New York Times
New York City’s new-music world is densely populated, with groups of just about every size, instrumentation and stylistic persuasion jostling for the spotlight. But there seems always to be room for more, and on Sunday evening the Ensemble Moto Perpetuo introduced itself with a short but alluring program at the DiMenna Center for Classical Music in Manhattan.
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The ensemble’s artistic director is Amir Shpilman, who is also president of the Brooklyn Composers Collective. The group’s players are young enough that their names are not familiar from the rosters of other ensembles, but the performance was at a standard that suggested that some of them will become new-music regulars.
The program included three works composed in the last five years, each conceived around a particular approach to the migration of musical themes through either time or space (or both). In Jason Eckardt’s bracingly angular “Trespass” (2005), divided into 13 sections of decreasing lengths, material crowded out of one movement piles into the next until the short closing movements are so freighted with displaced fragments that they seem to collapse into a smoothly blended finale.
Anna Thorvaldsdottir’s “Hrim” (2011) was about dispersion — the idea of fragments and motifs traveling through the ensemble, transforming a static harmony into a shimmering, harmonically ambiguous, thoroughly enveloping texture. And Philippe Manoury’s “Instants Pluriels” (2008) splits the ensemble into two chamber groups that move at different speeds, but play complementary material that seems (though the effect may have been illusory) to move back and forth between them.
The performances were consistently invigorating. In Mr. Eckardt’s score, Natalie Tenenbaum gave a sparkling, sharply accented account of the prominent solo piano line, and the ensemble’s woodwinds, brasses and percussionists made important contributions to the work’s tactile, constantly changing surface. In Ms. Thorvaldsdottir’s piece, the strings and woodwinds effectively created a dark atmosphere and the impression of a distant, howling wind early on, before melting into the work’s morphing harmonic fabric.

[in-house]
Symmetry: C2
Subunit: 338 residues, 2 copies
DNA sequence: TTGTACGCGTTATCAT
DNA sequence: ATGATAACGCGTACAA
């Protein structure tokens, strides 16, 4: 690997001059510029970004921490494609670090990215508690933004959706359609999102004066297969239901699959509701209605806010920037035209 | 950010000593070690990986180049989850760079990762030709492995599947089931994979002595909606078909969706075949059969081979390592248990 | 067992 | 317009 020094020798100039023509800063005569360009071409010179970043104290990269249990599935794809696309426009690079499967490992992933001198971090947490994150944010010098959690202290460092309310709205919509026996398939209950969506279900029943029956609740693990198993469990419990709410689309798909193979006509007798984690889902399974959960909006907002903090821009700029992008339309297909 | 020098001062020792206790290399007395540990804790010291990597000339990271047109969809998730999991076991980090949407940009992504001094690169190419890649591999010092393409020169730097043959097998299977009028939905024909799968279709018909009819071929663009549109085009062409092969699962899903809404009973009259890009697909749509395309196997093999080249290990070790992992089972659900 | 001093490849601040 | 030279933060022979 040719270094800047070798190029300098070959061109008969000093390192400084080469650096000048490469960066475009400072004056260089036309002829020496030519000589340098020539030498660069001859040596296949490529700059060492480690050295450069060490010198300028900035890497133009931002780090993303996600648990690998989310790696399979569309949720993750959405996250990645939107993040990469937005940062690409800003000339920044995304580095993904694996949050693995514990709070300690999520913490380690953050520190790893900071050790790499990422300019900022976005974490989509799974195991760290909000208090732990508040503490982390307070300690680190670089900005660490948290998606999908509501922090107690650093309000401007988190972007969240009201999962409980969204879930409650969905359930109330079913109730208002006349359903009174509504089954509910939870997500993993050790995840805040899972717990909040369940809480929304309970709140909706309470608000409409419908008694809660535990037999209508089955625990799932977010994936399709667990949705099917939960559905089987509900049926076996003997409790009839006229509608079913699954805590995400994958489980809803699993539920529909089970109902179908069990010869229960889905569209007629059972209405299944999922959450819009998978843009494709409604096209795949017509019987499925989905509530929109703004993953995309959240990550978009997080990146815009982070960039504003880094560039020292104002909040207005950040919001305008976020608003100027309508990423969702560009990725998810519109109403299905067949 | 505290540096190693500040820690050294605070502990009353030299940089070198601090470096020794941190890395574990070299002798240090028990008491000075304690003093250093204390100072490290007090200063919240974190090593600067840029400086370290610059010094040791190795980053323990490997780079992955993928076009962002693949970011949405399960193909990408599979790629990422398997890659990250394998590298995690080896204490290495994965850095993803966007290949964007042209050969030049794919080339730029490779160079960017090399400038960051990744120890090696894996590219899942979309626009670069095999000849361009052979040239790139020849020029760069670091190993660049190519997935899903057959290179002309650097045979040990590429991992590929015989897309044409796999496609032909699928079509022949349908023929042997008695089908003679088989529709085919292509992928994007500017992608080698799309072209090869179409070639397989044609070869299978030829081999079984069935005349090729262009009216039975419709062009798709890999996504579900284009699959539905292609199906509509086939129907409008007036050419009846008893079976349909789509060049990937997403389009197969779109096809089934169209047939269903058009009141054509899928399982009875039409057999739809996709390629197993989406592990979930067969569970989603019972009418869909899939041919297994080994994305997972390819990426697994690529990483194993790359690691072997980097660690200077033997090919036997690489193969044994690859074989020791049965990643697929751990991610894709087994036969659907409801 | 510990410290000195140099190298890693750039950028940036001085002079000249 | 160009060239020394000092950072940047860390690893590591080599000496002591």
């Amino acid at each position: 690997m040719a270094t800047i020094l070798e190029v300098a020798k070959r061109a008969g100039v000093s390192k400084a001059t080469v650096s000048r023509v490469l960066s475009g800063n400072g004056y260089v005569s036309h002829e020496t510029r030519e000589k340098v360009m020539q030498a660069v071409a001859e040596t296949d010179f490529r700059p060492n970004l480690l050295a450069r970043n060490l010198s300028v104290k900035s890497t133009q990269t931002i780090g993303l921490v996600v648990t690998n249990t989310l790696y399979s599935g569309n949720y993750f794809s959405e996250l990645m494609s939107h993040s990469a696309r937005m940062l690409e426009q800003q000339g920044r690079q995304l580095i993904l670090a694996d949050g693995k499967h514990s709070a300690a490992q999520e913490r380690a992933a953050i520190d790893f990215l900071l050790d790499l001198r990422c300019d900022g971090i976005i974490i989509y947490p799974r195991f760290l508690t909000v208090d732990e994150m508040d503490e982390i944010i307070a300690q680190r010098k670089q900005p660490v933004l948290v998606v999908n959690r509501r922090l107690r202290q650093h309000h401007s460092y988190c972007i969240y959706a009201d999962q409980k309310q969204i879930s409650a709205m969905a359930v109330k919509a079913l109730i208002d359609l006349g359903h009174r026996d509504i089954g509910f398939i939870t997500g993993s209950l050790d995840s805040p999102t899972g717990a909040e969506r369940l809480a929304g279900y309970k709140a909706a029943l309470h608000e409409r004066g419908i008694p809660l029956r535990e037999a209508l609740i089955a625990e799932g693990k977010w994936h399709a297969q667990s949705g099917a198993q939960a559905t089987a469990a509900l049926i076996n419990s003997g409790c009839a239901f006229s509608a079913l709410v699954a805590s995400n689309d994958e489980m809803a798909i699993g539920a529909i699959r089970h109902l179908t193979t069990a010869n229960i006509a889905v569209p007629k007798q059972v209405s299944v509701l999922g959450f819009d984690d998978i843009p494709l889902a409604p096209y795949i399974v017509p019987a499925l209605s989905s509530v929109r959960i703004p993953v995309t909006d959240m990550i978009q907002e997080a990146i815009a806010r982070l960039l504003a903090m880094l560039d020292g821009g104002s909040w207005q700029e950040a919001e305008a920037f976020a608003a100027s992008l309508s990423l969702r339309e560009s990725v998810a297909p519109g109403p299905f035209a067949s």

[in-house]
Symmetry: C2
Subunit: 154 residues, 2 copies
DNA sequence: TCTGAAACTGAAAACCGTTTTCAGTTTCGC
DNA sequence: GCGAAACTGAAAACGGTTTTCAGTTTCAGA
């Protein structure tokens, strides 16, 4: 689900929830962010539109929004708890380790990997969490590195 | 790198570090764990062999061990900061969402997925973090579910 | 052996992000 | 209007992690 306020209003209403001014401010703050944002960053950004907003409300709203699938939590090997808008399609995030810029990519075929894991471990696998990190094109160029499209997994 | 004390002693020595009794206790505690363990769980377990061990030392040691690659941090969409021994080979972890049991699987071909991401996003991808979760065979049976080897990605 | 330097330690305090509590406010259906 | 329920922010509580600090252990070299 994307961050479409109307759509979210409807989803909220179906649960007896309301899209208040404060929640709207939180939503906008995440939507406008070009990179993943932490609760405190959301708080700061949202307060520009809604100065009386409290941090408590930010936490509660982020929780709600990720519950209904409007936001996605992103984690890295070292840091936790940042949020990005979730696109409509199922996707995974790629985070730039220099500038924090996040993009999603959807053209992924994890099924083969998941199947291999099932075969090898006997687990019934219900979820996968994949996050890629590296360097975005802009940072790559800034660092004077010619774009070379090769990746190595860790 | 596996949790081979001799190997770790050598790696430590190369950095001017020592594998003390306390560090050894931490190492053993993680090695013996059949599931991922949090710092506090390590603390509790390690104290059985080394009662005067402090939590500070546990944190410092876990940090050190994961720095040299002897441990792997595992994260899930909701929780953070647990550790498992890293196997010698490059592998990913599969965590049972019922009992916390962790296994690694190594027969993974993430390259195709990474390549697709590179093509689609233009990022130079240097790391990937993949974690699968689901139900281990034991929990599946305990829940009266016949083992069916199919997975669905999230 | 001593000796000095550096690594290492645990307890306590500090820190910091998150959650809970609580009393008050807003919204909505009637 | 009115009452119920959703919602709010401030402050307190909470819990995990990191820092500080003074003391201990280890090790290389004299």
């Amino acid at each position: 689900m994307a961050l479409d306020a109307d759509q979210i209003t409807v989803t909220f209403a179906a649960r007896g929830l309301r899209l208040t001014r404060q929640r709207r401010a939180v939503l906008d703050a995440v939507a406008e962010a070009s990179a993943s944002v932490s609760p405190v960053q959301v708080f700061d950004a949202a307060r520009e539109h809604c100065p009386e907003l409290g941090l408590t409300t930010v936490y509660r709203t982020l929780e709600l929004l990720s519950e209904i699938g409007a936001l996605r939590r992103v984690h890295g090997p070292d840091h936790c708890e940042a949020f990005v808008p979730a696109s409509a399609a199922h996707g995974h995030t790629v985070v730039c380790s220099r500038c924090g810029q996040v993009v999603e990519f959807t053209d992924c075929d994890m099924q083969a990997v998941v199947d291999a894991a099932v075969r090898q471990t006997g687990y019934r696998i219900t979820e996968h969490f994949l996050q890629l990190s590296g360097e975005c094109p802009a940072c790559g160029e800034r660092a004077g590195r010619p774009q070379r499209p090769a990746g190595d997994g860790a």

Both were conducted ably by Nicholas DeMaison. He and Mahir Cetiz led the separate ensembles in the Manoury, and kept the rhythmically complex score properly synchronized.
As a prelude to the concert, the ensemble was split into four groups, one in each corner of the hall, to perform “Collective Improvisation 1 for Chamber Orchestra and Four Laptops,” by Mr. Shpilman and Nicholas Nelson, based on themes from the program’s three works. It was an interesting idea to have the musicians performing as the audience filed in: for anyone listening closely, it was a foreshadowing of sorts and it let the musicians warm up. But would it not have made better sense, from the listeners’ point of view, to hear this semi-improvisatory tribute to the formal works after they were heard intact, rather than before?